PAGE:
10th October 2019 The Hindu Editorials Notes – Mains Sure shot 

No. 1.

GS-2 Mains 

Question – Access India-China relations. Can they go hostile in the changing power dynamics?Explain (250 words)

Context – China’s stand on Kashmir issue.

The Indo-China relationship:

  • Both India and China are among the two most ancient civilisations of the world sharing a border of approximately 3447 kilometres.
  • They share a rich cultural tradition and India-China cultural exchanges date back to many centuries and there is some evidence that conceptual and linguistic exchanges existed in 1500-1000 B.C. between the Shang-Zhou civilization and the ancient Vedic civilization.
  • During the first, second and third centuries A.D. several Buddhist pilgrims and scholars travelled to China on the historic “silk route”. Ancient Indian monk-scholars such as Kumarajiva, Bodhidharma and Dharmakshema contributed to the spread of Buddhism in China. Similarly, Chinese pilgrims also undertook journeys to India, the most famous among them being Fa Xian and Xuan Zang.
  • On 1 April, 1950, India became the first non-socialist bloc country to establish diplomatic relations with the People’s Republic of China.
  • Both the countries have similar problems including large population, huge rural-urban divide, rising economy and conflict with neighbours.
  • However the relations turned cold post 1962 war which created mistrust between the two countries since then.

Major causes of dispute:

  1. Border dispute – there are two disputes between them, the western border dispute and the eastern border dispute. The western border dispute includes Aksai Chin. Johnson’s line shows Aksai Chin to be under Indian control whereas the McDonald Line places it under Chinese control. Line of Actual Control separates Indian-administered areas of J & K from Aksai Chin. China and India went to war in 1962 over disputed territory of Aksai Chin. India claimed this was a part of Kashmir, while China claimed it was a part of Xinjiang. On the eastern side, China considers the McMahon Line illegal and unacceptable claiming that Tibet had no right to sign the 1914 Convention held in Shimla which delineated the Mc Mahon line. Hence it claims parts of Arunachal Pradesh.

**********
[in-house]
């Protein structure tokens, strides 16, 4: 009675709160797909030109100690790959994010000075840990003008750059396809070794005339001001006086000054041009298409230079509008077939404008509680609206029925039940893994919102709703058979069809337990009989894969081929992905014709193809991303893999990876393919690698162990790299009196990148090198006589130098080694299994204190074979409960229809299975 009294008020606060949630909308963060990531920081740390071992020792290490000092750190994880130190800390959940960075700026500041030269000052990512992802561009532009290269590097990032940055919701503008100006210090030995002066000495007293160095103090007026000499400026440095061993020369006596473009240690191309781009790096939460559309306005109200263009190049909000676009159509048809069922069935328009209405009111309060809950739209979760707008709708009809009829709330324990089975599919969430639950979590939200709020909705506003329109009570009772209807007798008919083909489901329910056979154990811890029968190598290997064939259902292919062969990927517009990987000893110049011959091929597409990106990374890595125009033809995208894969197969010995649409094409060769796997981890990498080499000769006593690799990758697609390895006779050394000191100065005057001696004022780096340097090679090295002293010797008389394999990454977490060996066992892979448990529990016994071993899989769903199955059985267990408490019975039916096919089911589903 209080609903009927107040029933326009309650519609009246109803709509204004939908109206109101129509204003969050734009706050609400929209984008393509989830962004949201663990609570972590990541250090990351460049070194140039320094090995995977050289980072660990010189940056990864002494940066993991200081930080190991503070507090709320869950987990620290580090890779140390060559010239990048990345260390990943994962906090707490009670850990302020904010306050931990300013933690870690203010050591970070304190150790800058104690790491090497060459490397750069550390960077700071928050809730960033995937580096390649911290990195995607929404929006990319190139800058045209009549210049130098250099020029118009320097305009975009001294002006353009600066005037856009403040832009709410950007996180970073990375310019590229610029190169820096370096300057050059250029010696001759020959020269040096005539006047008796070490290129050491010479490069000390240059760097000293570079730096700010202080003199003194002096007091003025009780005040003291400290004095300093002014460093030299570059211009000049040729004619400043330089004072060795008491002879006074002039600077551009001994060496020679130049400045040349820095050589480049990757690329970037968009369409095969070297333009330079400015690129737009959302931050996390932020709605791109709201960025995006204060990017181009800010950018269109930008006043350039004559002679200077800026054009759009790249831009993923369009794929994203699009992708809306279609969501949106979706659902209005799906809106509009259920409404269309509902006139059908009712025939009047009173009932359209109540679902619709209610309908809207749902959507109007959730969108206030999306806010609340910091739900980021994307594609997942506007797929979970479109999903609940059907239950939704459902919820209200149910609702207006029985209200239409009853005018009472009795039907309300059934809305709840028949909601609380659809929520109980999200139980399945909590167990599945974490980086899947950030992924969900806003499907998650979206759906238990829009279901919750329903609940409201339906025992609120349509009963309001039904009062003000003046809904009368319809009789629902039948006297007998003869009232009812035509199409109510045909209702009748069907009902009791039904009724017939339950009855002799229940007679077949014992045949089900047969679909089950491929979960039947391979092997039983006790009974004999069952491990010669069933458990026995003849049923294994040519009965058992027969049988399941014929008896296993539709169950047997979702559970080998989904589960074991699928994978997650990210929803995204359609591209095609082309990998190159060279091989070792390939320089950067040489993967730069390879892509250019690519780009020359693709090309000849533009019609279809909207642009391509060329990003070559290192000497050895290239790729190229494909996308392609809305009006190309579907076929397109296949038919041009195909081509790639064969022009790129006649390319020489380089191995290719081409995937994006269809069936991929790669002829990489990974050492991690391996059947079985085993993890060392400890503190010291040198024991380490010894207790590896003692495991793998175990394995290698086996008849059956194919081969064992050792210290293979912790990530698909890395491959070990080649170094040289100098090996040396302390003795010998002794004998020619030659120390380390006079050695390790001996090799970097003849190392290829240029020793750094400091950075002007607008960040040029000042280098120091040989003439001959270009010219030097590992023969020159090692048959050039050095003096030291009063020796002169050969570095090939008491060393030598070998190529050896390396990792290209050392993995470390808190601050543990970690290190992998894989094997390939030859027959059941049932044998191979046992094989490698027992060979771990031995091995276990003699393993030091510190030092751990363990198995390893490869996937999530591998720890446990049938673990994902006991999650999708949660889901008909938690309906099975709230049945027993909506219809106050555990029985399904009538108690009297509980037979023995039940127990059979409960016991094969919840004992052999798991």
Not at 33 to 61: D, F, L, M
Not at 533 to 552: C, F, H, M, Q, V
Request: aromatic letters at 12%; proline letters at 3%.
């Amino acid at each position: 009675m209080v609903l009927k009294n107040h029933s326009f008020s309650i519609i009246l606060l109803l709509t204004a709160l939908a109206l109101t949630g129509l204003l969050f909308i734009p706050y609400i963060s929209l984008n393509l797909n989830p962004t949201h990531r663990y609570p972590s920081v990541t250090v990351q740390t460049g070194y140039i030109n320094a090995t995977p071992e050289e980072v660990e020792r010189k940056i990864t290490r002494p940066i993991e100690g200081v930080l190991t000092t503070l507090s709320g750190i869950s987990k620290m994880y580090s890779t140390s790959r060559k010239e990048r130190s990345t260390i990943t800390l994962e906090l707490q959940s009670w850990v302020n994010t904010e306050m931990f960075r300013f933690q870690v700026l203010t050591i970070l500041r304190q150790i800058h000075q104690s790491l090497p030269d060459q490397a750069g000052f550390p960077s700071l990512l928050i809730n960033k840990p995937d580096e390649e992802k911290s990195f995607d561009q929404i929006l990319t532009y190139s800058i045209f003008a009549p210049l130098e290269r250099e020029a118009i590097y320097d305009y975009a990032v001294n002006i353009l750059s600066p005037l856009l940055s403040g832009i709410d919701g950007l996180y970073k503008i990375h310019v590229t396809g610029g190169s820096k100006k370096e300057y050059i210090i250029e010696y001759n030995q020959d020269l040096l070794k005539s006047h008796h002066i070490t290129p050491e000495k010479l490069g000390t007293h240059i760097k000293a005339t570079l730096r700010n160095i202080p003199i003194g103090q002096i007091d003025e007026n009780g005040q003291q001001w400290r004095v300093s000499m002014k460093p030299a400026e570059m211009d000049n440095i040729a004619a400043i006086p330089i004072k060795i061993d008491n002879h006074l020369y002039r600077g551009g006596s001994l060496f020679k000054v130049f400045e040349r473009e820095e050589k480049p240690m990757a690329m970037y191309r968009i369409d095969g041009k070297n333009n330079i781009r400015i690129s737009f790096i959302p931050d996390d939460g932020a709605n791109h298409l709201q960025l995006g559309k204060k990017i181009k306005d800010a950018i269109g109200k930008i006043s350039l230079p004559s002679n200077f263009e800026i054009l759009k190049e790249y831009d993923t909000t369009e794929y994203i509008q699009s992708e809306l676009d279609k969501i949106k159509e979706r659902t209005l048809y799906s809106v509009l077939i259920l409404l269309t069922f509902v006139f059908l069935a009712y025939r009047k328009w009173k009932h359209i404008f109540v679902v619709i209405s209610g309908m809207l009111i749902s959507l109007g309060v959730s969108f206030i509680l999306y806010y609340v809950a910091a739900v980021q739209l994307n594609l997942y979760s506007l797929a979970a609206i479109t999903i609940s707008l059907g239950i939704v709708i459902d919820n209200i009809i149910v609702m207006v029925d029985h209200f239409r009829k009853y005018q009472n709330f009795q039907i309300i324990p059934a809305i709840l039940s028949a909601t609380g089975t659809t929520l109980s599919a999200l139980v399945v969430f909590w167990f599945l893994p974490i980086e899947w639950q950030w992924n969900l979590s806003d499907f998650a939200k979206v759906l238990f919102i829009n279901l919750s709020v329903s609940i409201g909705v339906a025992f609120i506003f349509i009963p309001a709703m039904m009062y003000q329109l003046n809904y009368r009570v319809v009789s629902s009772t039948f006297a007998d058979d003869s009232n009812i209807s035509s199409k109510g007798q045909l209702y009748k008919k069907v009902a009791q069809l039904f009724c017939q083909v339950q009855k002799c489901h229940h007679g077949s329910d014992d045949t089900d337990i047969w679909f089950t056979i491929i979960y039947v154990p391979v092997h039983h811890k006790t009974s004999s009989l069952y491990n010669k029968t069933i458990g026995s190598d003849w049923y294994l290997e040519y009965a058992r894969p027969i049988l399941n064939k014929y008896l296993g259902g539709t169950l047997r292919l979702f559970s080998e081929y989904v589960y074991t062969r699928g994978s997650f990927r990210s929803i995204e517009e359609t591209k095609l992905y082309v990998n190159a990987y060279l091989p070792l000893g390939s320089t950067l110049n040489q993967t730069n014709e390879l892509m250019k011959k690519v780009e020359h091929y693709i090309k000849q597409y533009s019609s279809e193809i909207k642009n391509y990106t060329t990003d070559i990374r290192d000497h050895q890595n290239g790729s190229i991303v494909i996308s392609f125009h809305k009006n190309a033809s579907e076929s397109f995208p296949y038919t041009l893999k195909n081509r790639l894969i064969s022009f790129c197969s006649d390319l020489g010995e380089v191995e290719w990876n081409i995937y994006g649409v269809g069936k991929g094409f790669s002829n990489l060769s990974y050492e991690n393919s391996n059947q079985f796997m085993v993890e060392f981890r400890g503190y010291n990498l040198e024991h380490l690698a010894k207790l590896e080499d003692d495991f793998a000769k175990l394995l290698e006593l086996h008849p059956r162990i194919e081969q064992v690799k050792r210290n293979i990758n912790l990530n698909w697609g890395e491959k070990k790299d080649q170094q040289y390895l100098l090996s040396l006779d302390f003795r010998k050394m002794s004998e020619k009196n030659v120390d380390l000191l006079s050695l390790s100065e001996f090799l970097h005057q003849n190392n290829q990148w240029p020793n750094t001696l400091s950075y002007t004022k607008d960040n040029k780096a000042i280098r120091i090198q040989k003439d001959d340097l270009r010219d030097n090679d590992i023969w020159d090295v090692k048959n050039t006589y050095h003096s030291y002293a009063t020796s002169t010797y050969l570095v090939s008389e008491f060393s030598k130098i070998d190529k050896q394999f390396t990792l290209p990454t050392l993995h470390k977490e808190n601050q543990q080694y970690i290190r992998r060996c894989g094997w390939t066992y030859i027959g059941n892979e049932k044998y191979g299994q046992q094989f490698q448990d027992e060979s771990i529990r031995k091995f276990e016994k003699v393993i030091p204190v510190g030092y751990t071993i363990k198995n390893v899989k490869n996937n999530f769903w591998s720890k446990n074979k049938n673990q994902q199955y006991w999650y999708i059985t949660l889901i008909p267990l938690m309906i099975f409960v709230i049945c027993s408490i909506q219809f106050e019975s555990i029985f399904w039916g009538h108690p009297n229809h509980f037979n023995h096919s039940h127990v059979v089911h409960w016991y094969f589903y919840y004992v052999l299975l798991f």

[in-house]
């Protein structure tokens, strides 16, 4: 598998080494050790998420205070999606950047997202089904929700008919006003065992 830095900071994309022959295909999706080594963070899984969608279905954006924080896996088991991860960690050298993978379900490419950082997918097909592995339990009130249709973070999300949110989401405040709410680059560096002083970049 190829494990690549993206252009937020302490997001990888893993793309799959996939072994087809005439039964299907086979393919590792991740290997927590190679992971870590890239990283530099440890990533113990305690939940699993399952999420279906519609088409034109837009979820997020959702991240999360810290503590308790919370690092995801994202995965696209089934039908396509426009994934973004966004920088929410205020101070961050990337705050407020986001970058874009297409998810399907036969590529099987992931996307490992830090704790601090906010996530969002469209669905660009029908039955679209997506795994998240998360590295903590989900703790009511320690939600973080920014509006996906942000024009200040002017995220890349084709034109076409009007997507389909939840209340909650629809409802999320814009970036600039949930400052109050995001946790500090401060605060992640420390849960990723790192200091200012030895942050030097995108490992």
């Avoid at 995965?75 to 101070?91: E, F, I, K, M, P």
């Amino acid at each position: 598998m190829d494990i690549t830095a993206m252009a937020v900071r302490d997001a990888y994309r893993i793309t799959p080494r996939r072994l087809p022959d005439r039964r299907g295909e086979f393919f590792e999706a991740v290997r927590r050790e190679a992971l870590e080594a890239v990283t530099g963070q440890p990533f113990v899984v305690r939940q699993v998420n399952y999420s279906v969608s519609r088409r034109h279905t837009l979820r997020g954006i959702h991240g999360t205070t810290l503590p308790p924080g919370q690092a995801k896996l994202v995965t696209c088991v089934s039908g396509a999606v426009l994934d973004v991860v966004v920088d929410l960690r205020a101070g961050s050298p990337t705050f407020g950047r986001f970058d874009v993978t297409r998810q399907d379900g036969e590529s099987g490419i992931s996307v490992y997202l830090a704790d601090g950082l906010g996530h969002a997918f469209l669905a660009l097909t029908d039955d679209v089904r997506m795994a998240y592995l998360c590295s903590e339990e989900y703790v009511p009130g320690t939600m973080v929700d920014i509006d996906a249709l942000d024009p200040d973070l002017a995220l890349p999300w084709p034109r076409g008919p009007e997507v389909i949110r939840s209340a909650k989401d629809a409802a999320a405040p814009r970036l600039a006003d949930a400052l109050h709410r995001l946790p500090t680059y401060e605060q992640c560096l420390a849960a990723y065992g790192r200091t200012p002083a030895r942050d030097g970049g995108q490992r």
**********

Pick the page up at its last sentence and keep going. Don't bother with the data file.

2. China – Pakistan friendship – Pakistan lies at the heart of China’s geostrategic ambitions i.e. New silk road connecting the energy fields of the Middle East and the markets of Europe to China. China is also the most trusted economic and military partner of China. China opposed India’s admission into permanent seat of UNSC, & insisted for Pakistan. This prevents any kind of mutual trust between India and China.
  3. OBOR that connects Asia, Africa, Middle East and Europe – India believes that this is not just an economic project but China wants to establish its political dominance in the region by this strategy. Also it has projects in the Gilgit-Baltistan region, ignoring India’s sovereignty and territorial integrity.
  4. CPEC – India fears that CPEC, passing through the Pakistan controlled Kashmir, would serve the purpose of granting legitimacy to Pakistan’s control over the region, and by promoting the construction of the corridor, China intends to meddle in the Kashmir dispute.india also fears that after gaining access to Gwadar port, the Chinese will find it easy to sail into the Indian Ocean.